Now here's where things get interesting. As we said earlier, the CER template, while perfect for learning the fundementals, has its limitations. Once students become proficient with this form, they'll need to expand the structure to accommodate more sophisticated thinking. They may want to add additional evidence or expand their reasoning based on that new evidence. They may wish to address a counterclaim or even reflect on their findings at the end of the essay.

With traditional CER templates, such expansion would not be possible, but with our flexible structures, modification is done easily. Students add components to a paragraph by accessing the drop-down menu where they can select the components they would like to add to the writing. It should be noted that students can also move and rearrange the writing frames at will by dragging and dropping them into new locations.

In the example below, you'll notice that the student has added a second piece of text evidence to support the claim. With this simple addition, the student is beginning to create a more sophisticated argument. Students we've interviewed have told us that having the ability to add components to their paragraph, one color-coded element at a time, makes them feel like they're in control of the elaboration and revision process.

In the next view, the student has added a section of reasoning to support the evidence and has even opted to add a paragraph break as she's found a natural break transition within her writing. Remember, this all started with the basic CER; the student has simply added to it incrementally, creating a more sophisticated piece of writing by degrees. And this is what we want from our students. We want them to learn organizational writing structures and repeat them until they come very naturally, then we want them to expand upon them gradually. After all, this is how learning happens, sequentially and in a step-by-step fashion.

Some essaypop users have taken this basic template and converted it into something to suit their teaching. This template was created by a high school science teacher in Los Angeles. We call it the modified CER and we think it's a wonderful variation that is perfect for high school students.

Modifying the structure to create simple lab reports

Modifying the CER template is also an excellent way to create observational writing, process papers, and simple lab reports. In the example below, you'll notice that the claim becomes the hypothesis, a series of evidence sections become the steps and observations made during the lab experiment, and the reasoning becomes the conclusion or final discussion based on the finished lab. We, of course, also feature more formal lab report templates in our collection.

The Importance of Accessible Support and Scaffolding

And as always, all of our templates are surrounded by support and scaffolding. In addition to the helping text, explanations, and models discussed earlier, every writing frame allows students to dial up academic sentence stems and phrases that allow them to confidently begin writing in a particular frame. This is ideal for emerging writers such as English language learners and SPED students, but frankly, all students can benefit from having access to an academic bank of terminology. And our studies have shown that when students use such phrases, they begin to internalize them and apply them when they are writing outside of the essaypop platform.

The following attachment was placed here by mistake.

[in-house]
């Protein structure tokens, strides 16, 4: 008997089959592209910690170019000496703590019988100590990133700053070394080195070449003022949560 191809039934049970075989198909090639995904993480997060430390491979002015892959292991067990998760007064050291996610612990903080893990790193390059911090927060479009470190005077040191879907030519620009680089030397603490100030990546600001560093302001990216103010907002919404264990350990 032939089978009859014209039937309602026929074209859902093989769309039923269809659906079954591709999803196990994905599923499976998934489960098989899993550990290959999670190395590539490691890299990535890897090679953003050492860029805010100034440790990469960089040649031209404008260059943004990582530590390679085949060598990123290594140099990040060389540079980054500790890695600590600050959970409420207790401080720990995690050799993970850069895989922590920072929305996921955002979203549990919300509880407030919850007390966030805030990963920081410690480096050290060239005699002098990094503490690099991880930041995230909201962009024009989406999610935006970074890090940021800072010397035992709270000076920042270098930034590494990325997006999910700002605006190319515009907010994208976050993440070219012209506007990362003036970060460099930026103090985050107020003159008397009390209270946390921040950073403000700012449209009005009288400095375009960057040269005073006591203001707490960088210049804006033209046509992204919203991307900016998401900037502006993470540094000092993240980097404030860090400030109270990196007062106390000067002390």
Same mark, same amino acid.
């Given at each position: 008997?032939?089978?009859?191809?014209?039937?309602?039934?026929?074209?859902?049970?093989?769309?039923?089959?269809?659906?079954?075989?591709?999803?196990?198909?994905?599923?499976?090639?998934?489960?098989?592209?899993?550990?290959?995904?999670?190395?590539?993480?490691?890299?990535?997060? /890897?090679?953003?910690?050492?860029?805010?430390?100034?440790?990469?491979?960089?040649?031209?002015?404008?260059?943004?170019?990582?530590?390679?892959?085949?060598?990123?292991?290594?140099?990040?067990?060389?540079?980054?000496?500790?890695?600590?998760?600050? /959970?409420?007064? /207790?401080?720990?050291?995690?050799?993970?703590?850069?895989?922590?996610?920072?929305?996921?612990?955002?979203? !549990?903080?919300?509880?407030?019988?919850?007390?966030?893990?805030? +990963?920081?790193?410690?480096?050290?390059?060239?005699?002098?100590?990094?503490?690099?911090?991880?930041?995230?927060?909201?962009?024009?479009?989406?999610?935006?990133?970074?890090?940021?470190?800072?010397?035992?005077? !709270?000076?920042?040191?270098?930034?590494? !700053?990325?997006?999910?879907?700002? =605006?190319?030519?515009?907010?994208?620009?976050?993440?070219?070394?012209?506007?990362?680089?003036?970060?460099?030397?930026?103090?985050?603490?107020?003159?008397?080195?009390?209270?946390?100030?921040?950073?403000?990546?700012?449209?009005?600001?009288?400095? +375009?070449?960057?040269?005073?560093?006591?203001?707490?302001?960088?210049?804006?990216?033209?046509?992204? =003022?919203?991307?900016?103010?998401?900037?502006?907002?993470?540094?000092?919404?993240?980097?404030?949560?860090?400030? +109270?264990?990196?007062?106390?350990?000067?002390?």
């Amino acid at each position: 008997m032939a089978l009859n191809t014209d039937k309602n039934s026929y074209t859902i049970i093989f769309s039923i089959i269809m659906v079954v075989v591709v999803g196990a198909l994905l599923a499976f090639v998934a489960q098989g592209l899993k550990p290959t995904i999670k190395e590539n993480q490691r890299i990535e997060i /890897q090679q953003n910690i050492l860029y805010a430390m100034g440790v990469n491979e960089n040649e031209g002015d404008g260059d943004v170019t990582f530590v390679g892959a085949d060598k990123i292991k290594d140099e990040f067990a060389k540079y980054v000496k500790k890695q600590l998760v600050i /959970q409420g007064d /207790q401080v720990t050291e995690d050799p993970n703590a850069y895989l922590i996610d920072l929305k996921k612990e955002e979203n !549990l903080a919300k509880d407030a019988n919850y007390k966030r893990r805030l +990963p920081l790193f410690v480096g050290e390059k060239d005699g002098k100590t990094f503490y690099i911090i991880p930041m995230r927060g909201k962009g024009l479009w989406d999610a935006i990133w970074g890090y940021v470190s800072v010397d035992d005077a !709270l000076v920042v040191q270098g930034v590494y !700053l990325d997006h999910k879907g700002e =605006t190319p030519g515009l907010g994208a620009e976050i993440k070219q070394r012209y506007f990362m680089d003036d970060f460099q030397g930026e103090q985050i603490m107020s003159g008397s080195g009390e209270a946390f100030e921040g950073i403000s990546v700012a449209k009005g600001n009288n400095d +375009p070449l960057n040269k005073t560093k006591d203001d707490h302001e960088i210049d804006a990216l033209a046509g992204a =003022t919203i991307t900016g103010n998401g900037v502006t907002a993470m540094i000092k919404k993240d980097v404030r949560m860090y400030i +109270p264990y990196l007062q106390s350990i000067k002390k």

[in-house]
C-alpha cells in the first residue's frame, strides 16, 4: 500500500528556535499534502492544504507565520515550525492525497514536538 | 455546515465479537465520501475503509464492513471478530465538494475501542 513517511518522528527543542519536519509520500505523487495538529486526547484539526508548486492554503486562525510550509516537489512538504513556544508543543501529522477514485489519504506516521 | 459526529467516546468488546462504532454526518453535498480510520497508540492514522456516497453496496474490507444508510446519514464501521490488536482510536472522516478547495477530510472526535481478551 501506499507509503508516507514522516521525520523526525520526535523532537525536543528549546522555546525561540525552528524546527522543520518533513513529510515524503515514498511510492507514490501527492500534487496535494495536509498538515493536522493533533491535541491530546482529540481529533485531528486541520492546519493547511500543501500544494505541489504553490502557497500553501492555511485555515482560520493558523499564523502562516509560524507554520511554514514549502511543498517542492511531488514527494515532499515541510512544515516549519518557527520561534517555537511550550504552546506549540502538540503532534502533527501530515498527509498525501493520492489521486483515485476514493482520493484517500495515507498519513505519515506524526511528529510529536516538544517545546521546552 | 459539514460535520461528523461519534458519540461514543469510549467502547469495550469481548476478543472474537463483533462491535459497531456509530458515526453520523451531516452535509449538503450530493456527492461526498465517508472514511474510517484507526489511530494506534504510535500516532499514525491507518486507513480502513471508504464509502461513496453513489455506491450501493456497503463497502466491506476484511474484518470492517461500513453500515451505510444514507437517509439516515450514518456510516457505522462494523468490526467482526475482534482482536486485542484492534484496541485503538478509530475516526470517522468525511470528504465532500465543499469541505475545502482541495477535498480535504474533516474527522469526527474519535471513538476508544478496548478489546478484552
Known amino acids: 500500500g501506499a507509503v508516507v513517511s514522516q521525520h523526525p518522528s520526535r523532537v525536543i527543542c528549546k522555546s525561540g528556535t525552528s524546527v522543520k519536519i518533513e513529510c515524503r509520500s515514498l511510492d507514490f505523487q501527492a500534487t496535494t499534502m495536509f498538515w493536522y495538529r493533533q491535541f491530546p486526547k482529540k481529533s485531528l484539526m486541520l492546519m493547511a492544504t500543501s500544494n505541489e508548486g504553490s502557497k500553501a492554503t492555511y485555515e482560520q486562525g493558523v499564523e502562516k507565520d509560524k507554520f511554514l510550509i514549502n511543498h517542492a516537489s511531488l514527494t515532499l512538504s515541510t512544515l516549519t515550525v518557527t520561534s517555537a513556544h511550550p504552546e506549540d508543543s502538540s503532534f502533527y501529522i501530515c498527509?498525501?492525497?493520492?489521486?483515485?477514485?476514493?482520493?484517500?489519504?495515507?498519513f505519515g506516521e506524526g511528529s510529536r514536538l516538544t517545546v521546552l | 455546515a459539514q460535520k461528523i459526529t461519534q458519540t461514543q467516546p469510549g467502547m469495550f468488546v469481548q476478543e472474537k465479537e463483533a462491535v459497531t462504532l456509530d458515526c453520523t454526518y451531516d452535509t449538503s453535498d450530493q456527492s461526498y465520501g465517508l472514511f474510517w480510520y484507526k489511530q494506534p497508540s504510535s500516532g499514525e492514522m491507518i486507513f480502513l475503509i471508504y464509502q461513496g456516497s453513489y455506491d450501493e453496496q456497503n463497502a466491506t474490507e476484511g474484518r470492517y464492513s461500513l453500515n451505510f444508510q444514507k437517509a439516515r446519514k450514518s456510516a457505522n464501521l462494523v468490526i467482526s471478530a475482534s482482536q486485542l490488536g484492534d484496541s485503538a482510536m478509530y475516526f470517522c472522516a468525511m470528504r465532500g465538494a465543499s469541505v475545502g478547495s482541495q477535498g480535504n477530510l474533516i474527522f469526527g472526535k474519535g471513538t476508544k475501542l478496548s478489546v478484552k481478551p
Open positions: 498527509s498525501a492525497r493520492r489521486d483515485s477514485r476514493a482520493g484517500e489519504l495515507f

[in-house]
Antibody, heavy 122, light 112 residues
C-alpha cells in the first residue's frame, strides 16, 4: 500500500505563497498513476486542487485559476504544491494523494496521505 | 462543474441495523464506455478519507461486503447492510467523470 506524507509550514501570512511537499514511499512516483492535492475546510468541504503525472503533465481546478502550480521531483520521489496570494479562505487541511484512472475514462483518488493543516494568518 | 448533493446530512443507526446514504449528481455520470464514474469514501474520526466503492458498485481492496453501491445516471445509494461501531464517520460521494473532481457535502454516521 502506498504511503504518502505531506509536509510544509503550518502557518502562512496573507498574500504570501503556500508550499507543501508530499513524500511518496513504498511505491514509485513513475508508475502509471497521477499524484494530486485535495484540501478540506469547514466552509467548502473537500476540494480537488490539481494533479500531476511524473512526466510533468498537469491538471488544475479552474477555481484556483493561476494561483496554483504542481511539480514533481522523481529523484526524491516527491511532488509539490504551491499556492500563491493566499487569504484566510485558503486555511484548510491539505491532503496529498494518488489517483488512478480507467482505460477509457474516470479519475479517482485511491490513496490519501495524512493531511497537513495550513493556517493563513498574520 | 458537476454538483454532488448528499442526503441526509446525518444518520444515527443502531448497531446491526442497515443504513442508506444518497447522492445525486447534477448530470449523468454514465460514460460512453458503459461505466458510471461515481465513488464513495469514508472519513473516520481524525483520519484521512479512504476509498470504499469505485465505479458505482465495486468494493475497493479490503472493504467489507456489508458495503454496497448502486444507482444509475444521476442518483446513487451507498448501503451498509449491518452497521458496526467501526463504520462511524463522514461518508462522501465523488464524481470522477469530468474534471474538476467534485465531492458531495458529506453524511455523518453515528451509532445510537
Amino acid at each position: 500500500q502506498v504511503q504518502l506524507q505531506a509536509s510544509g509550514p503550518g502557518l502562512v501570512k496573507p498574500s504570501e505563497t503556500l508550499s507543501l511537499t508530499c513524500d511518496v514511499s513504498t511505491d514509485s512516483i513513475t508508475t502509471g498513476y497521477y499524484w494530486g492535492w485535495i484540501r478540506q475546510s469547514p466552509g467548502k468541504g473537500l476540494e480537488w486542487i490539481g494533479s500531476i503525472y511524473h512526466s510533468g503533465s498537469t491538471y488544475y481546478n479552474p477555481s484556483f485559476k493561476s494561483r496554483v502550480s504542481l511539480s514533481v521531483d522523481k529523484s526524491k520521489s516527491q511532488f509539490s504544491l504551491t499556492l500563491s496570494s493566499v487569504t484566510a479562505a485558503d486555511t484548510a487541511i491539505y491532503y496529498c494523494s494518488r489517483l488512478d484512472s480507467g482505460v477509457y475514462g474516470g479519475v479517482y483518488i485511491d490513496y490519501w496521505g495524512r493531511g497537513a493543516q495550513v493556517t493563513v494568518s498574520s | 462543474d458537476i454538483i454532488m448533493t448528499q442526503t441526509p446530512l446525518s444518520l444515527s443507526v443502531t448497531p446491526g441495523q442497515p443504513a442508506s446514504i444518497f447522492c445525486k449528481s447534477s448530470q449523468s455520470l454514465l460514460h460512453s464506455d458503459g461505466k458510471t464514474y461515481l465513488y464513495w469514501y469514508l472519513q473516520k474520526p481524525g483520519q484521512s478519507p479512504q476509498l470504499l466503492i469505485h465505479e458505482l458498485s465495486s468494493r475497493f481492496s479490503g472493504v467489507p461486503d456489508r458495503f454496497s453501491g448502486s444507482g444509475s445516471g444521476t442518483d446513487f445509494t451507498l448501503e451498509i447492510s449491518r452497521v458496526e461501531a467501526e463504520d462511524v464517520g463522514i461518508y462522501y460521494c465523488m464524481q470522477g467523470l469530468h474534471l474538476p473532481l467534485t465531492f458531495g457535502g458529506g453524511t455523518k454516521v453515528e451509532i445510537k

Pre-writing and brainstorming is an underutilized strategy. Our jam board-style tool is quite simple to use and allows students to brainstorm on their own, or better yet, the teacher can post guiding questions that students answer and then share with one another before getting into the actual essay writing.

The Importance of Interacting with Peers While Writing

As always, students who use the essaypop platform can gather along with the teacher in our collaborative and interactive Hive environment. Here, substantive commentary and feedback are shared, collaboration happens, and engagement is ensured. Students are quite naturally social, so setting them up with a social environment to discuss their academic writing is a win-win for learners and educators.

Making Assessment Easier for Teachers

Our proprietary assessment tool is much appreciated by our users nationwide as it allows teachers to filter assessment rubrics so that only pre-designated sections of the writing are assessed. Our tool does two things: it saves teachers time because they're only assessing selected portions of the writing and it collects actionable data in a convenient dashboard so teachers can see where students are making progress and where they are not.


It makes sense that emerging writers should understand that claim, evidence, and reasoning are the fundamental building blocks of all academic writing, and because of this, it makes sense that the CER template is used so widely by teachers at the elementary and middle school levels. It also tracks that science teachers seem to be particularly fond of the strategy. Our intention here is not to denigrate the CER structure; we feature it as a critical tool in our toolbox. But when students are ready to move beyond the simple structure, we want them to have that ability, and we don’t want them to have to wait for the teacher to introduce more sophisticated structures; we want them to be able to flex their thinking when they are ready. Expanding the CER template incrementally is a natural way for students to build sophistication and proficiency, and it’s, as you’ve seen, it’s a perfect way to approach science writing.